Right-wing extremism finds a foothold

Online radicalization and PPC votes put minority groups at risk

Illustration by Gabrielle Funk

The People’s Party of Canada (PPC) made headlines last month as they garnered 5 per cent, or about 800,000 total votes, in the recent federal election. Much of their success can be attributed to the COVID-19 pandemic, which created a fertile environment for extremist conspiracy theories to thrive online.

Through websites like Facebook and 4Chan, the PPC found an audience, including among people who abandoned the Conservative Party because of their views on immigration, gender identity, free speech and other issues. Many have been radicalized online, leading to acts of racial abuse and hate crimes against minorities, especially Asian-Canadians.

The Institute for Strategic Dialogue (ISD) found that Canadians have a large presence on 4chan’s “politically incorrect” (/pol/) board. The forum promotes racist and misogynistic rhetoric, encouraging white supremacy and acting as a rendezvous point for those wanting to incite violence. The pandemic is one of /pol/’s most widely discussed topics, often promoting conspiracy theories and anger toward governments.

Far-right individuals, many of whom have been radicalized online, gravitated toward the PPC’s platform, which includes limiting immigration and refugee intake, repealing legislation that curtails online hate speech, ending vaccine mandates and supporting public access to military-grade weapons.

In March, The Toronto Star reported that farright nationalist groups urged their followers to support the PPC. The party seemingly struck a chord with people who want to defend their settler- colonial heritage and preserve a mythologized conception of Western civilization.

Writing about populism in America and Europe, researchers Pippa Norris and Ronald Inglehart suggest this extremism emerged as a cultural backlash against the social and political gains of women and other minority populations.

Men and working-class, native-born white people who feel excluded culturally and left behind economically focus their resentment on “outsiders.” This resentment ranges from negative perceptions to hate crimes, according to ISD.

According to Statistics Canada, police-reported hate crimes nearly doubled between 2016 and 2020. Between 2019 and 2020, Vancouver reported a 717 per cent increase in anti-Asian hate crimes.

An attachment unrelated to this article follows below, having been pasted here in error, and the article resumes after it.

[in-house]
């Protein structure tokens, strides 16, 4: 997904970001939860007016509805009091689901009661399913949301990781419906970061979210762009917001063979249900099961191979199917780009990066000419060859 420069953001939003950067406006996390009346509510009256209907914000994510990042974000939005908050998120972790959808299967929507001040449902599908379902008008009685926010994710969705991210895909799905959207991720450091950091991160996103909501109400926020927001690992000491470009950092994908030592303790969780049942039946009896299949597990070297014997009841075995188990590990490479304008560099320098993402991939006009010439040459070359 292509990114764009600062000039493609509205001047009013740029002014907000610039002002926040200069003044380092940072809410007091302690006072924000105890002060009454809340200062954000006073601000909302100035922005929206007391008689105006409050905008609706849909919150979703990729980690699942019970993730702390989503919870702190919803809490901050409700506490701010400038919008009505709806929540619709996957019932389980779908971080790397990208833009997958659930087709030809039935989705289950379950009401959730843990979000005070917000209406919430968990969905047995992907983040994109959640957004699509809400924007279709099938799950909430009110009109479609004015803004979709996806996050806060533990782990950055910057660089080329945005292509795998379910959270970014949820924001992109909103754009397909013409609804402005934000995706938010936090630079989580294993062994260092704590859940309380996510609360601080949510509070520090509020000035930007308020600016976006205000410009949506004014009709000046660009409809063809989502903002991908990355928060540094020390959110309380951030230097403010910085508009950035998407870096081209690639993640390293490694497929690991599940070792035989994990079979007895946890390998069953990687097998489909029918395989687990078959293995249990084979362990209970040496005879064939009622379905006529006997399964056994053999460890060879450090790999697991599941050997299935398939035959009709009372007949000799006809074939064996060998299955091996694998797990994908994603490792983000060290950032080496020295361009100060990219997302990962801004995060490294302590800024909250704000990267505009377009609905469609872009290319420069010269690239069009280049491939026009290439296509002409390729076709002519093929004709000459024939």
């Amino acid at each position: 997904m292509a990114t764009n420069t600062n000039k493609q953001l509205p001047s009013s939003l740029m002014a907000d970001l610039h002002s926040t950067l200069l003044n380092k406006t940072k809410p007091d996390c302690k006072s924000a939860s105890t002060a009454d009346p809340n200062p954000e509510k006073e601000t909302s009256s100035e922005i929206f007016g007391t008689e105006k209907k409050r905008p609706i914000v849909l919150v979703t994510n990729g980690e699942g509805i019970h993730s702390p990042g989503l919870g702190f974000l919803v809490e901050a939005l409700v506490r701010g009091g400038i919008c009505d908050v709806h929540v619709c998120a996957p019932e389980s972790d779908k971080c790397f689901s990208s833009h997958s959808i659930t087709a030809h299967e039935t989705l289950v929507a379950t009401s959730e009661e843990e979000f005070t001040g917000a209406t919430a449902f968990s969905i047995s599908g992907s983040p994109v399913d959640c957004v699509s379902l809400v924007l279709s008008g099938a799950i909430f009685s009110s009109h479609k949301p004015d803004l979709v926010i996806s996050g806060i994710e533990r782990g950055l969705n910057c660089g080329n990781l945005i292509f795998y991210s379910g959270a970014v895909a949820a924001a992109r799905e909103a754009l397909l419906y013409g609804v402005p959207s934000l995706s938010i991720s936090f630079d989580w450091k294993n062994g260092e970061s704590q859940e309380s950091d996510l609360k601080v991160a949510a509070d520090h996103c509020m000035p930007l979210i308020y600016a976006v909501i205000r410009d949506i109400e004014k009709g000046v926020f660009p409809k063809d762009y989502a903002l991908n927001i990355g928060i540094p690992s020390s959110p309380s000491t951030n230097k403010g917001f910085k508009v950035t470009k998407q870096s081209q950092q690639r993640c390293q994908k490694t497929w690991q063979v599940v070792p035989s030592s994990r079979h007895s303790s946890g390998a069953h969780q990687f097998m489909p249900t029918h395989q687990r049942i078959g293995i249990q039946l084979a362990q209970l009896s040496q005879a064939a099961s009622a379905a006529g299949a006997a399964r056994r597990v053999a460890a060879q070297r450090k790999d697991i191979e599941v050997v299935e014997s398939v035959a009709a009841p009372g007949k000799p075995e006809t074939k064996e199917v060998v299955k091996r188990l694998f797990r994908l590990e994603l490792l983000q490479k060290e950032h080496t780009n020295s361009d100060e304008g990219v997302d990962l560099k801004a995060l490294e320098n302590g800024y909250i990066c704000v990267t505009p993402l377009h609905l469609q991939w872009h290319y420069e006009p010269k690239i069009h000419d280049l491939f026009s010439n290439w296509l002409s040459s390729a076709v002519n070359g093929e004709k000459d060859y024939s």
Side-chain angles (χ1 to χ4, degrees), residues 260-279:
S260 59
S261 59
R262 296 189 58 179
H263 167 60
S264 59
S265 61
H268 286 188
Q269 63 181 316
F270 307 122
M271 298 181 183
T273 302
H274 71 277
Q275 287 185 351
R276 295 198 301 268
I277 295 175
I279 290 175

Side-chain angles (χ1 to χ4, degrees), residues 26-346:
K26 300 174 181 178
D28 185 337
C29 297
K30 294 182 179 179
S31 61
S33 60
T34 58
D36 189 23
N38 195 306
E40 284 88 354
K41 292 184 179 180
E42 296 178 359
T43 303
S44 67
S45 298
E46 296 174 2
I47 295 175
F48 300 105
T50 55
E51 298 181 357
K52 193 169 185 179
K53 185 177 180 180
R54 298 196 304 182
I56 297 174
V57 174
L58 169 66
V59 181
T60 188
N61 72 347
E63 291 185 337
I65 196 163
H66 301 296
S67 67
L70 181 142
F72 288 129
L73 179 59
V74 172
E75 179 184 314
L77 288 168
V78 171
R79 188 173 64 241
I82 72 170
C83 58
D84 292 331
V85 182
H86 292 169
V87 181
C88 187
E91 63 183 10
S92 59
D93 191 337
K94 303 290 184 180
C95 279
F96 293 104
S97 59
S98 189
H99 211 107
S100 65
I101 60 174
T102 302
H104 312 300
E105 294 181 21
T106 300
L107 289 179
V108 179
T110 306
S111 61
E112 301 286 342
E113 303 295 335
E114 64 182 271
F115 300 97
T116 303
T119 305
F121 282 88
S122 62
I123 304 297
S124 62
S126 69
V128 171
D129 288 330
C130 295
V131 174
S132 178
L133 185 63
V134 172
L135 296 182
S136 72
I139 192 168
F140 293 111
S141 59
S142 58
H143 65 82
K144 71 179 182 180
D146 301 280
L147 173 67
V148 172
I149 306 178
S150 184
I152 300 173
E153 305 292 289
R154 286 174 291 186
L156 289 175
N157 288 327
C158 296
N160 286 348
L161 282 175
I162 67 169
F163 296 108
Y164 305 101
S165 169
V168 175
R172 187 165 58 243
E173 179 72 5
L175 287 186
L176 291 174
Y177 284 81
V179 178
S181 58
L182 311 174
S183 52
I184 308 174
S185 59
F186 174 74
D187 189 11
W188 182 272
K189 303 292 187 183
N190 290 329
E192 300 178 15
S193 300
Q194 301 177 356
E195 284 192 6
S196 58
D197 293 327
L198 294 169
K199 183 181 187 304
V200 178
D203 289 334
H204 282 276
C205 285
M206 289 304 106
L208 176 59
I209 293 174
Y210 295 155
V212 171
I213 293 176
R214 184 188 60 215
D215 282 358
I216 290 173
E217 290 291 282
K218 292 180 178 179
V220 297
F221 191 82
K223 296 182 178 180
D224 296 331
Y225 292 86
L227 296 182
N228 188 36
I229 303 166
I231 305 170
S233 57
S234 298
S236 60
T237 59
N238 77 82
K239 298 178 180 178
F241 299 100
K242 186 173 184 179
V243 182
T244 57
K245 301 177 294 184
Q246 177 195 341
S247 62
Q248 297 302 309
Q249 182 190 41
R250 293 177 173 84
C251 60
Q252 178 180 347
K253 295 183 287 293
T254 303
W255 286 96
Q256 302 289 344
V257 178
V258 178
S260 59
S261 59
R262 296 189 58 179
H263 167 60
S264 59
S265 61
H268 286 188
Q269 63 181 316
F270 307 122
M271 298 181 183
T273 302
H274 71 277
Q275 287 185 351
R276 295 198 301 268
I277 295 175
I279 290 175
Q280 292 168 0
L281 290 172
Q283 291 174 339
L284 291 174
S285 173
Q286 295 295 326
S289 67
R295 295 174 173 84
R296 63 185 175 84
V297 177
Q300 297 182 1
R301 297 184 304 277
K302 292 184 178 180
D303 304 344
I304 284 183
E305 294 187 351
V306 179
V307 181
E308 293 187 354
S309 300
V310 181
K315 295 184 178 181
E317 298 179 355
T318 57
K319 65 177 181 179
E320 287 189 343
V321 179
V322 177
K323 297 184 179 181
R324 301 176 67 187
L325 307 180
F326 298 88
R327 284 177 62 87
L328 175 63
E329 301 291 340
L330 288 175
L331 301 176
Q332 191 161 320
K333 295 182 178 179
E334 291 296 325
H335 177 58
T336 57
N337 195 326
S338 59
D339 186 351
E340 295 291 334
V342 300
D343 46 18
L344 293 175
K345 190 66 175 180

Because of conspiracy theories related to COVID-19 and its origination in China, Asian-Canadians were frequently racially abused and physically attacked. However, discrimination against Asian people is not a new phenomenon.

Canada’s history includes Japanese internment camps during the Second World War, the Chinese Exclusion Act and pervasive Islamophobia. Discriminatory immigration policies only select “deserving” migrants, often meaning only those who are economically productive, aspirational and who align with conservative social norms.

PPC leader Maxime Bernier accuses minorities of diluting Canada’s settler-colonial heritage, which is offensive for countless reasons – one being that many Asian-Canadians spend their entire lives trying to fit into the mould of a deserving minority.

Some Asians carry the term “model minority” with pride, trusting individualistic notions advanced by colonial governments that tell us that simply putting our heads down, working hard and following the law can lead to prosperity. However, it’s not that simple. Racism persists, and “model minorities” are often wielded as a strategy to divide and conquer.

As an Asian-Canadian woman, I constantly have to prove that I have earned and deserve my achievements. I often question my compulsion to be accomplished. Perhaps it is because it has been drilled into me that moving to Canada is a privilege, and that I am lucky to be here.

This is the reality for many Asian immigrants. We are reminded that we do not belong, and that we are only as good as our economic contributions. Now, we are also burdened with the need to be vigilant about people who view us as scapegoats for rapidly changing social landscapes and policies that do not prioritize settler-colonists anymore.

Karla Atanacio is a Filipino-Canadian policy assistant, community organizer and writer from Winnipeg, Man.

Published in Volume 76, Number 6 of The Uniter (October 21, 2021)

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